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The Conception of Maslaha 1. The Stance of Maslaha in Jurisprudence 2. Wilayat and Maslaha 4. Practical Dimension of Maslaha 6. Maslaha and Democratisation VI. Background B. Wilayat al-Faqih: The Problematic 1.

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The Islamic System and the Stance from Despotism 3. Constitutional Safeguards against Despotism 4.

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Populace and Islam D. The Democratic Nature of Islam E. The Imamate as a Continuation of Prophethood G. Conclusion VII. The Drafting of the Constitution C. The Background to the Formation of the Islamic Republic 2. Republicanism and Islamism in the Constitution of the Islamic Republic 4. The Apparent Contradiction between Republicanism and Islamism 5. Divergence between Wilayat al-Faqih and Republican Government 6.

The Concordance between Islamism and Republicanism 7. Conclusion F. New Discourses on Wilayat al Faqih D.

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New Discourses on the Council of Guardians E. Battle Lines between Reformists and Conservatives H. The Limits Khatami's Reforms I. New Alliances, New Possibilities J. Is Democratisation Taking Place in Iran? In this rigorously researched study, Ibrahim Moussawi examines the fundaments of Iran's Islamic governance and asks the pivotal question: can democracy and Islam cohere? Addressing Wilayat al-Faqih, or rule by the jurisprudent - the theory upon which the Islamic Republic was constructed - he asserts that the system upholds both individual and communal rights, and provides scope for citizens to express their interests.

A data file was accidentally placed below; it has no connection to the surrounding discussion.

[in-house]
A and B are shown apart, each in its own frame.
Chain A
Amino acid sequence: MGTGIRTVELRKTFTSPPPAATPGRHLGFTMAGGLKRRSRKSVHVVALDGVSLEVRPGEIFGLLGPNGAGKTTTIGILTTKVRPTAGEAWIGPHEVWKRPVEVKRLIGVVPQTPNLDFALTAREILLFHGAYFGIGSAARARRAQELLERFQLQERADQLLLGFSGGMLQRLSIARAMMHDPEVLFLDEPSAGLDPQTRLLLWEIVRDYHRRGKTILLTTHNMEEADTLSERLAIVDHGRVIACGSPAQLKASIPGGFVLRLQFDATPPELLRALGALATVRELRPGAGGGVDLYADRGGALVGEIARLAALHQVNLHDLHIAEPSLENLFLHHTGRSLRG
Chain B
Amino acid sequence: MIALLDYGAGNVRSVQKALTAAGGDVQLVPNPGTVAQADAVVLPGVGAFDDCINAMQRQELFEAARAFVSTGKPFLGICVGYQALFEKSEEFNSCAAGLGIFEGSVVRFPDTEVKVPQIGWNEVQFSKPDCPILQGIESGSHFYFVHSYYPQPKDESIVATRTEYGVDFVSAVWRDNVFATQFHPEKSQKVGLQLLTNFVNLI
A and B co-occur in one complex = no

Moussawi draws on the history and theological underpinnings of Shi'i Islam to argue that in today's Iran, politics and religion are neither rigid nor in diametric opposition. Shi'ism and the Democratisation Process in Iran marks an invaluable addition to the growing oeuvre of books on Iran. Bibliographic information. Publication date ISBN hbk. Browse related items Start at call number: DS M By using our site, you agree to our collection of information through the use of cookies. To learn more, view our Privacy Policy.

Shi'ism and the Democratisation Process In Iran: With a Focus on Wilayat al-Faqih

Log In Sign Up. Sarah Khan. For instance, one of the leading clerics, Ayatollah Ahmad Alamalhoda, in present-day Mashhad, Iran recently stated: Some people want to claim that the theory of Wilayah al-Faqih is no more than years old and was proposed during the time of the late Mullah Naraqi, while others claim it was first brought up during the Safawid empire. We, however, believe that the theory of wilayah al-faqih was first introduced during the lifetimes of the Infallible Imams and was spread amongst their companions. God intends his law to be implemented, not simply expounded or such implementation to be deferred to some indeterminate moment in the future.

If it is to be implemented, however, then it is those most knowledgeable in it, the jurists, who ought to take the lead in doing so. We will trace the origin and development of the idea of wilayat-e faqih to analyze whether it denotes continuity with the past, or a break from it. Following this, I will present two sections titled Continuity with the Past, and Discontinuity from the Past, respectively.

James P.